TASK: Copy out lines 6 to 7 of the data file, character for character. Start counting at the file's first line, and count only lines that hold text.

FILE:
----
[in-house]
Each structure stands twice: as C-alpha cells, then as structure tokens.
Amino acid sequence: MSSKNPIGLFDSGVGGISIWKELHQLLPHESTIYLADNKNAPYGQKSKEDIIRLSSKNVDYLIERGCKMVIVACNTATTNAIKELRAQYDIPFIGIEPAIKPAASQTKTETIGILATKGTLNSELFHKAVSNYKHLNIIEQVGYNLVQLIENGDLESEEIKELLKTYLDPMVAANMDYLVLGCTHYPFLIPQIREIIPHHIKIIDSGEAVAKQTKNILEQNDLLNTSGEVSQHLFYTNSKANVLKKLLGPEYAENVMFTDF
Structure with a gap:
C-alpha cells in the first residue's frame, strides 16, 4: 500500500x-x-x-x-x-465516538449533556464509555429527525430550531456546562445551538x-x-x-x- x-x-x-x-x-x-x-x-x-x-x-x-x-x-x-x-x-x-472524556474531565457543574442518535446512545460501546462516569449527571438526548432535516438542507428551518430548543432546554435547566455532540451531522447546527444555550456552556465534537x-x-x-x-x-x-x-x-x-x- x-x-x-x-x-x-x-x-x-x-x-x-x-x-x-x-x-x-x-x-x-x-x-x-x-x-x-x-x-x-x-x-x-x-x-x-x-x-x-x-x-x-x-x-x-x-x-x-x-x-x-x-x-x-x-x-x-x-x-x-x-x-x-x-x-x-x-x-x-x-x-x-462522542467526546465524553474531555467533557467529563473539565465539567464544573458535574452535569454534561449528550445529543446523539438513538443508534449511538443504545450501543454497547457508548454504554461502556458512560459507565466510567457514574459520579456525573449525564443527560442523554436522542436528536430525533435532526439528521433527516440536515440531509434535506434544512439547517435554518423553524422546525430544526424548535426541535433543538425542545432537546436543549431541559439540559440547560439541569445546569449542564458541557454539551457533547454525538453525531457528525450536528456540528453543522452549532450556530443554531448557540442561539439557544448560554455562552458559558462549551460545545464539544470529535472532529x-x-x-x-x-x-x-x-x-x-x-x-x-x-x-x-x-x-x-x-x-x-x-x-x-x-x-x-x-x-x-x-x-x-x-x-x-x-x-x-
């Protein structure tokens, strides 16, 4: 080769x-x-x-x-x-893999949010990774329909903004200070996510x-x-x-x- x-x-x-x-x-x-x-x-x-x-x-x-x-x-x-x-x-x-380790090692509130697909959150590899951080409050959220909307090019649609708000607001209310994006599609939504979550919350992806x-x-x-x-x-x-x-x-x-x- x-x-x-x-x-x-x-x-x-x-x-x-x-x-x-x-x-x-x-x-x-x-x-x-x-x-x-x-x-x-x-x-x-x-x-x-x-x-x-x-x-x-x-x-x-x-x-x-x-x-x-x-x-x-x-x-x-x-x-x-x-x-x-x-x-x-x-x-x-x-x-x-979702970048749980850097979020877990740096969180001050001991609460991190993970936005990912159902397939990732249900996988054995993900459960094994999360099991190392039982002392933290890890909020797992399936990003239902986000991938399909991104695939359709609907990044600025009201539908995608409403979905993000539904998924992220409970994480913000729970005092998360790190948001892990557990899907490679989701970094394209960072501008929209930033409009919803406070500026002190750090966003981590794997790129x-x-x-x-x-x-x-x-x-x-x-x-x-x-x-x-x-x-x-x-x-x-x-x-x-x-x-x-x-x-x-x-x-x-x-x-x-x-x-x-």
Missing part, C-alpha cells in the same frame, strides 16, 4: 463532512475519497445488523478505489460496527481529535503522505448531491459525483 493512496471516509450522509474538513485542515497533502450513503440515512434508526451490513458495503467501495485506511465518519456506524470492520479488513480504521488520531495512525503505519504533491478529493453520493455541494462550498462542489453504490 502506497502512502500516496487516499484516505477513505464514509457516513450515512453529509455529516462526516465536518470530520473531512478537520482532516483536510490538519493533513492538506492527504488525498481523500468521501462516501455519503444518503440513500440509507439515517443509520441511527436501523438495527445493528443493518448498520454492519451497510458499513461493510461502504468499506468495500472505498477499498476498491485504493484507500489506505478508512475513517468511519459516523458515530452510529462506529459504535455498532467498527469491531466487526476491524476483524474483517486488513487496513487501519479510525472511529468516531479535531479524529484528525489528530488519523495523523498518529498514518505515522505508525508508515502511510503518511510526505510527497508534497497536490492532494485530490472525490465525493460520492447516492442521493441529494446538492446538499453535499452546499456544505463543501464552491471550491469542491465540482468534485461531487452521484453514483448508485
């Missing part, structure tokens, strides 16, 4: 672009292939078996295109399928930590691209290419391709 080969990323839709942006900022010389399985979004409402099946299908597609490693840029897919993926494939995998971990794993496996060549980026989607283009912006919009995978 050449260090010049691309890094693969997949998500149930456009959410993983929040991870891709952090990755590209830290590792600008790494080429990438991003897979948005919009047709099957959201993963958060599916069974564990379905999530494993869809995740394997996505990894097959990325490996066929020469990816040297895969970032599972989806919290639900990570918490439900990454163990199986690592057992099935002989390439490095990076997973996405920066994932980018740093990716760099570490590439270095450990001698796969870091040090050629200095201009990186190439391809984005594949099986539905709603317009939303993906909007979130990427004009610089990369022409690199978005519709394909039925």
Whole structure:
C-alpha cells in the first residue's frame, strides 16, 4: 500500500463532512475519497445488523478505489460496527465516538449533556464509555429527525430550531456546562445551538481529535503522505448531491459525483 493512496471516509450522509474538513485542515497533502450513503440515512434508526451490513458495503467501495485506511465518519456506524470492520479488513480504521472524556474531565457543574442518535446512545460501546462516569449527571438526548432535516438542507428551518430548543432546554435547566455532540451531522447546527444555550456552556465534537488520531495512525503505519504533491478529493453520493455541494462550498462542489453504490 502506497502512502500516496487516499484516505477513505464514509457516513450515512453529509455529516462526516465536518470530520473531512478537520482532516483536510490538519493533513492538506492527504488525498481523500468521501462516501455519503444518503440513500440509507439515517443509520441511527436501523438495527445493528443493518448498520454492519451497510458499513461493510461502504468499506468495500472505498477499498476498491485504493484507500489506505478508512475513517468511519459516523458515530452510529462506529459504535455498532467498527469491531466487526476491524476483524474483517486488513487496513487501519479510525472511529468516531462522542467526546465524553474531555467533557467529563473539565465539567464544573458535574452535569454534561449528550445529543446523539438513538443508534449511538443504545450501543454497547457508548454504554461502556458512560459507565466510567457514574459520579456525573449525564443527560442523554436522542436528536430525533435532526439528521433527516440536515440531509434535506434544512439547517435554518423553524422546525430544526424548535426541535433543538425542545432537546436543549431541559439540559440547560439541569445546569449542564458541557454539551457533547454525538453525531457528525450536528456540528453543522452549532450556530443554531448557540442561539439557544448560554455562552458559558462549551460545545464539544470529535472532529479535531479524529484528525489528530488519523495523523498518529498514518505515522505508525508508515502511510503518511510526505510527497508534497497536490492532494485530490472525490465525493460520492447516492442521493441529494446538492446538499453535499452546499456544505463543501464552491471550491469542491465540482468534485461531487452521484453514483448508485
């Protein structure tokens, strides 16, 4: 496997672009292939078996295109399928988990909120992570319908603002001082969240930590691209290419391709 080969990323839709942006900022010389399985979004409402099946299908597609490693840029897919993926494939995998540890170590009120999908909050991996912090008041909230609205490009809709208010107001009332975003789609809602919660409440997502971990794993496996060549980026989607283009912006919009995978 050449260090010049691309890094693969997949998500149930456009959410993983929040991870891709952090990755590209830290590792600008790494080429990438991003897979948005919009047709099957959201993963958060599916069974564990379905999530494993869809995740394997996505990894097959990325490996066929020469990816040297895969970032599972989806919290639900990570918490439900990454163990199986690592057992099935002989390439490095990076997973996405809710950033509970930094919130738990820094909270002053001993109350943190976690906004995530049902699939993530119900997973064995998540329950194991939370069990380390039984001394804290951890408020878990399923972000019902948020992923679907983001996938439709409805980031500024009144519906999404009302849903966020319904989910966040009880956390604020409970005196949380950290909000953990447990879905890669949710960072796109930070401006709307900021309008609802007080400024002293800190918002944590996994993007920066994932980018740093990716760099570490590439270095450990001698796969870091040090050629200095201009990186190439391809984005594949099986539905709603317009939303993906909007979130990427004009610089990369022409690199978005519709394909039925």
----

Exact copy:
């Protein structure tokens, strides 16, 4: 080769x-x-x-x-x-893999949010990774329909903004200070996510x-x-x-x- x-x-x-x-x-x-x-x-x-x-x-x-x-x-x-x-x-x-380790090692509130697909959150590899951080409050959220909307090019649609708000607001209310994006599609939504979550919350992806x-x-x-x-x-x-x-x-x-x- x-x-x-x-x-x-x-x-x-x-x-x-x-x-x-x-x-x-x-x-x-x-x-x-x-x-x-x-x-x-x-x-x-x-x-x-x-x-x-x-x-x-x-x-x-x-x-x-x-x-x-x-x-x-x-x-x-x-x-x-x-x-x-x-x-x-x-x-x-x-x-x-979702970048749980850097979020877990740096969180001050001991609460991190993970936005990912159902397939990732249900996988054995993900459960094994999360099991190392039982002392933290890890909020797992399936990003239902986000991938399909991104695939359709609907990044600025009201539908995608409403979905993000539904998924992220409970994480913000729970005092998360790190948001892990557990899907490679989701970094394209960072501008929209930033409009919803406070500026002190750090966003981590794997790129x-x-x-x-x-x-x-x-x-x-x-x-x-x-x-x-x-x-x-x-x-x-x-x-x-x-x-x-x-x-x-x-x-x-x-x-x-x-x-x-």
Missing part, C-alpha cells in the same frame, strides 16, 4: 463532512475519497445488523478505489460496527481529535503522505448531491459525483 493512496471516509450522509474538513485542515497533502450513503440515512434508526451490513458495503467501495485506511465518519456506524470492520479488513480504521488520531495512525503505519504533491478529493453520493455541494462550498462542489453504490 502506497502512502500516496487516499484516505477513505464514509457516513450515512453529509455529516462526516465536518470530520473531512478537520482532516483536510490538519493533513492538506492527504488525498481523500468521501462516501455519503444518503440513500440509507439515517443509520441511527436501523438495527445493528443493518448498520454492519451497510458499513461493510461502504468499506468495500472505498477499498476498491485504493484507500489506505478508512475513517468511519459516523458515530452510529462506529459504535455498532467498527469491531466487526476491524476483524474483517486488513487496513487501519479510525472511529468516531479535531479524529484528525489528530488519523495523523498518529498514518505515522505508525508508515502511510503518511510526505510527497508534497497536490492532494485530490472525490465525493460520492447516492442521493441529494446538492446538499453535499452546499456544505463543501464552491471550491469542491465540482468534485461531487452521484453514483448508485